In order to bring you the best possible user experience, this site uses Javascript. If you are seeing this message, it is likely that the Javascript option in your browser is disabled. For optimal viewing of this site, please ensure that Javascript is enabled for your browser.
Did you know that your browser is out of date? To get the best experience using our website we recommend that you upgrade to a newer version. Learn more.

We use cookies to optimise the design of this website and make continuous improvement. By continuing your visit, you consent to the use of cookies. Learn more

Candesartan provides similar benefit for patients with mid-range ejection fraction as those with reduced ejection fraction

New results from the CHARM (Candesartan in heart failure: assessment of reduction in mortality and morbidity) trial, which was presented at a Late Breaking Trials session on chronic heart failure, indicate that the angiotensin receptor blocker (ARB) candesartan provides a similar benefit in patients with mid-range ejection fraction heart failure (HFmrEF) as it does in patients with reduced ejection fraction heart failure (HFrEF).

Study investigator Professor Lars H Lund (Karolinska Institute, Stockholm, Sweden) told Heart Failure 2017 Congress News that patients with HFmrEF—according to the 2016 European Society of Cardiology definition—have “symptoms and signs of heart failure, elevated levels of natriuretic peptides, and some evidence of structural or functional heart disease”. He added that the category of HFmrEF (40–49% ejection fraction) sits between HFrEF (ejection fraction <40%) and heart failure with preserved ejection (ejection fraction ≥50%). Prior to this clinical update, the characteristics, outcomes, and treatment effect in patients in the HFmrEF category had not previously been studied—the original CHARM trial programme only divided patients into HFrEF and HFpEF.

Therefore, the aim of the present study was to evaluate the use of candesartan in patients who come under this novel category of HFmEf.

Prof. Lund said: “The rationale for this trial was that normal ejection fraction is above 50%. Yet current heart failure therapy is effective at reducing morbidity and mortality only with ejection fraction less than 40%. This leaves an obvious gap of ejection fraction 40–49%, where ejection fraction is not normal but there also is no evidence-based therapy.”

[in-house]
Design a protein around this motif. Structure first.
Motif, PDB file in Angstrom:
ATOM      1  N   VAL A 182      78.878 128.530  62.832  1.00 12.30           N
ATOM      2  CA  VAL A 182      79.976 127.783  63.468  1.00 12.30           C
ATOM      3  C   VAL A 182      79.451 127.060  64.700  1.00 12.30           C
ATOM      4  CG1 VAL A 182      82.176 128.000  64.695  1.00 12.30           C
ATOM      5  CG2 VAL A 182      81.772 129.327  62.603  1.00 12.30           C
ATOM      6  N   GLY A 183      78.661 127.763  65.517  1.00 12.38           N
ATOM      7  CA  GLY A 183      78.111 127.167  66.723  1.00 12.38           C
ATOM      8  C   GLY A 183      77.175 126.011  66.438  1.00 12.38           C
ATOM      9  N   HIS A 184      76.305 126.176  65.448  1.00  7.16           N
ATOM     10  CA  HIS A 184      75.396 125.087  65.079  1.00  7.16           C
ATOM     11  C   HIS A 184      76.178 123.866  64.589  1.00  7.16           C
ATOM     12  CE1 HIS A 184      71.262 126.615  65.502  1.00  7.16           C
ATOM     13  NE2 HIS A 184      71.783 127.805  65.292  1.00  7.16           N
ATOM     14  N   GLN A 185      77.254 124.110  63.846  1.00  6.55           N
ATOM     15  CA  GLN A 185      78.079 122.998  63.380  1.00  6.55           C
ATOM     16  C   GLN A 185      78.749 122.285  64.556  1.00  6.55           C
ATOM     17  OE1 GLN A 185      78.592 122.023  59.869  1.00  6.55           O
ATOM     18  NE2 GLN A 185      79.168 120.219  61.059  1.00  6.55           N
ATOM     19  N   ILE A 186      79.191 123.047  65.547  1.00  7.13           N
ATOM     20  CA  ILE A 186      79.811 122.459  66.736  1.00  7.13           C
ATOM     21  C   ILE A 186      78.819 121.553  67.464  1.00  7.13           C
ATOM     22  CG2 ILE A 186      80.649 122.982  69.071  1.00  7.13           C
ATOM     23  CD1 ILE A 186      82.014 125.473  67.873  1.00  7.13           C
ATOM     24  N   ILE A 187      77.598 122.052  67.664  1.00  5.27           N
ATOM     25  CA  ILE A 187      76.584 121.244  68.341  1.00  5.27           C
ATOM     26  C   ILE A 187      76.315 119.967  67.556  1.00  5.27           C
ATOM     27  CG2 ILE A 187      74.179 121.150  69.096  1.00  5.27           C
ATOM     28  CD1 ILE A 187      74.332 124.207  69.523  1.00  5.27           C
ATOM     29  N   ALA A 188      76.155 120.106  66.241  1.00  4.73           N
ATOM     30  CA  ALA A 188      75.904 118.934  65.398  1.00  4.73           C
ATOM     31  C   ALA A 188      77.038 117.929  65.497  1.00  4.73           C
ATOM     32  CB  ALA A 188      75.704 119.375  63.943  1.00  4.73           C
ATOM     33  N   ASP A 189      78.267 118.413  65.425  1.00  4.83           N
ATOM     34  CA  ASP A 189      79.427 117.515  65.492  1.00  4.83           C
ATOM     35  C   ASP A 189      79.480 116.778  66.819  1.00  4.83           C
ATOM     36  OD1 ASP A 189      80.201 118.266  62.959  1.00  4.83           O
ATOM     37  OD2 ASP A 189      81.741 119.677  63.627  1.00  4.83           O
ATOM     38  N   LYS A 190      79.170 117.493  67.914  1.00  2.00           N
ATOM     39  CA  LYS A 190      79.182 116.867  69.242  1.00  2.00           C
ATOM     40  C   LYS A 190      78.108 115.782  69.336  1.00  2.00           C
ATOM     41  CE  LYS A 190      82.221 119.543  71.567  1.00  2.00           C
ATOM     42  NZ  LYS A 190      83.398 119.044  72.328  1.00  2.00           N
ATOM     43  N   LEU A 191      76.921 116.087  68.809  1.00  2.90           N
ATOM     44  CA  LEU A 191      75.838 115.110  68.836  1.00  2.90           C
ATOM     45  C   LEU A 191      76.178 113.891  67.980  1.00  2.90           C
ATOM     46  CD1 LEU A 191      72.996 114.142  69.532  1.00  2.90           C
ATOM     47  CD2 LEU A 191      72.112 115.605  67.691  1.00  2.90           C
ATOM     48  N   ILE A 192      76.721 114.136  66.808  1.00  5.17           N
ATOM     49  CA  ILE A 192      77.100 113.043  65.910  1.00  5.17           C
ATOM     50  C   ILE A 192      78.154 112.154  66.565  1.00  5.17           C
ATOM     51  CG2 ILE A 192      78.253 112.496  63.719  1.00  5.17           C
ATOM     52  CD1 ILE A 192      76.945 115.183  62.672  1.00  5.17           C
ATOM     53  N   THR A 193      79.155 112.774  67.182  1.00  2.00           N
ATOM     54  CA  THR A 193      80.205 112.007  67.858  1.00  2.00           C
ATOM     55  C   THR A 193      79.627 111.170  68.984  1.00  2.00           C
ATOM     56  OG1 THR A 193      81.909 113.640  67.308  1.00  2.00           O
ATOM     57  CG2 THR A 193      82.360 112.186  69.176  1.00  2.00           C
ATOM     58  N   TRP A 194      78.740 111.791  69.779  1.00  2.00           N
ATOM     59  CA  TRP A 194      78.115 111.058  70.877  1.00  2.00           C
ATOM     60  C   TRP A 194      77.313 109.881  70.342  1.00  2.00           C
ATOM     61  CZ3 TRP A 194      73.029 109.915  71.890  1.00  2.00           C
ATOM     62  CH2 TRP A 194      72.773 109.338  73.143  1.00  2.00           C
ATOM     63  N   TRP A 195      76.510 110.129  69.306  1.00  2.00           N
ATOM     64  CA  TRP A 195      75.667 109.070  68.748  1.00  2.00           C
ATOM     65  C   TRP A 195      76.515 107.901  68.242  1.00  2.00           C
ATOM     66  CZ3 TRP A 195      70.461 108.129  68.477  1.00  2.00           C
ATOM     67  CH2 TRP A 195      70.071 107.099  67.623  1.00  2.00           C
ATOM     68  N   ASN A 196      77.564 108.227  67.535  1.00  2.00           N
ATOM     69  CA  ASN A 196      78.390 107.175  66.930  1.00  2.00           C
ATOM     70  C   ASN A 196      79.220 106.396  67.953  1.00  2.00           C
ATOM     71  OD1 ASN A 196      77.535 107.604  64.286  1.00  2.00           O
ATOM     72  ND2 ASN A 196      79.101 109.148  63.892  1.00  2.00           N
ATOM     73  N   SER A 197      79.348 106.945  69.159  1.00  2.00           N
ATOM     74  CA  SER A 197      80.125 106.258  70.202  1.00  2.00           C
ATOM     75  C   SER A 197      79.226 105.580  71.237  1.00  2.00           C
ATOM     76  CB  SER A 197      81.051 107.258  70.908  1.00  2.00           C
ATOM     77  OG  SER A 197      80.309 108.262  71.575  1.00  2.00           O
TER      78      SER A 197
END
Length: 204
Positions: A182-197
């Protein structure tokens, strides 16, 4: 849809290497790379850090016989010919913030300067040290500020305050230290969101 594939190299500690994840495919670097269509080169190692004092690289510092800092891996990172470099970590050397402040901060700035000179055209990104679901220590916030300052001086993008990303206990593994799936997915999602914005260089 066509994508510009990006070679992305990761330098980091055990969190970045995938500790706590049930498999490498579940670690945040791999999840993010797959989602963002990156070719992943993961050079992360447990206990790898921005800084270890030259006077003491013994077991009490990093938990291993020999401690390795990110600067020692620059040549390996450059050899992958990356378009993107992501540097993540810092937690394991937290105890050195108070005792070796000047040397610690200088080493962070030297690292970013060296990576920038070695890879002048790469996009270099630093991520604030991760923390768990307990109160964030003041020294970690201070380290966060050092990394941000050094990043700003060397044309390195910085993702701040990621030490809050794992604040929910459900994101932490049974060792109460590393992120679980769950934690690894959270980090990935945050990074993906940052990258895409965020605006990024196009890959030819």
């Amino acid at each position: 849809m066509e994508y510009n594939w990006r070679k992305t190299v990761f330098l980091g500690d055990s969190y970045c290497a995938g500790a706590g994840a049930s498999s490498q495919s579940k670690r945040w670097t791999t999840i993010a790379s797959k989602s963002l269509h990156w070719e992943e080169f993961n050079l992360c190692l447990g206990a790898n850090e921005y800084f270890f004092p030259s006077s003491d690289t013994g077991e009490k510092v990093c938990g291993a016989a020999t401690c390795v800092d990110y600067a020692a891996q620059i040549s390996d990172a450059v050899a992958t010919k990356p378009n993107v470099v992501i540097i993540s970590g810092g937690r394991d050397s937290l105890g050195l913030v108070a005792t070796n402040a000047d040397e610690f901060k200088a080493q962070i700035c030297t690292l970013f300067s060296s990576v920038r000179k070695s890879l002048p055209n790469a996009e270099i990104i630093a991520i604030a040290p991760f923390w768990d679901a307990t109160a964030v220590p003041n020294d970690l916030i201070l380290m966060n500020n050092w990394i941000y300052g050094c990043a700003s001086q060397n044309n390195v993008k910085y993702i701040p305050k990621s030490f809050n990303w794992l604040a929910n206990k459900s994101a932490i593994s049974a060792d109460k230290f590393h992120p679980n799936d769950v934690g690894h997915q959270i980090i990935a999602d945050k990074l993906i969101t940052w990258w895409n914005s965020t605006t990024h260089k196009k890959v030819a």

Patients included in the original CHARM study were aged 18 or older, were in New York Health Association (NYHA) class II–IV heart failure symptoms of at least four weeks’ duration, and had a history of hospital admission for a cardiac reason. They could fall anywhere on the ejection fraction spectrum (ie. from HFpEF to HFrEF). Of the 7,598 patients who participated in the trial, 1,322 (17%) were in the HFmrEF category and they were intermediate between HFrEF (n=4,323; 57%) and HFpEF (n=1,953; 26%) in terms of their history of hypertension, NYHA class, and body mass index. However, HFmrEF patients resembled HFrEF patients in regard to most other characteristics, including 
age, systolic blood pressure, gender, previous myocardial infarction, and atrial fibrillation.

The primary endpoint was time to composite of cardiovascular death or first hospitalisation for heart failure, and secondary endpoints were cardiovascular death, first heart failure hospitalisation, recurrent heart failure hospitalisation, all-cause death, and all-cause hospitalisations. Over a mean follow-up of 2.9 years, the rates of the primary outcome declined with increasing ejection fraction up to ejection fraction approximately 50%. The effect of candesartan on the primary outcome in the HFmrEF range was similar to that in the HFrEF range. The results were consistent for time to first and for recurrent heart failure hospitalisation.

Prof. Lund said that researchers needed to develop a greater understanding of HFmrEF, commenting: “We know very little about the natural history of these patients. We know that the rates of outcomes such as heart failure hospitalisation are intermediate between HFrEF and HFpEF, but we know very little about how ejection fraction changes over time. This is currently an area of intense study.” He added: “There is little data from randomised trials on treatment effect across the entire ejection fraction spectrum. Determining potential treatment efficacy of existing heart failure drugs in HFmrEF will require new prospective randomised trials.”

Late Breaking Trials II: Focus on chronic heart failure

Sunday 30 April 08:30 - 10:00, room HUGO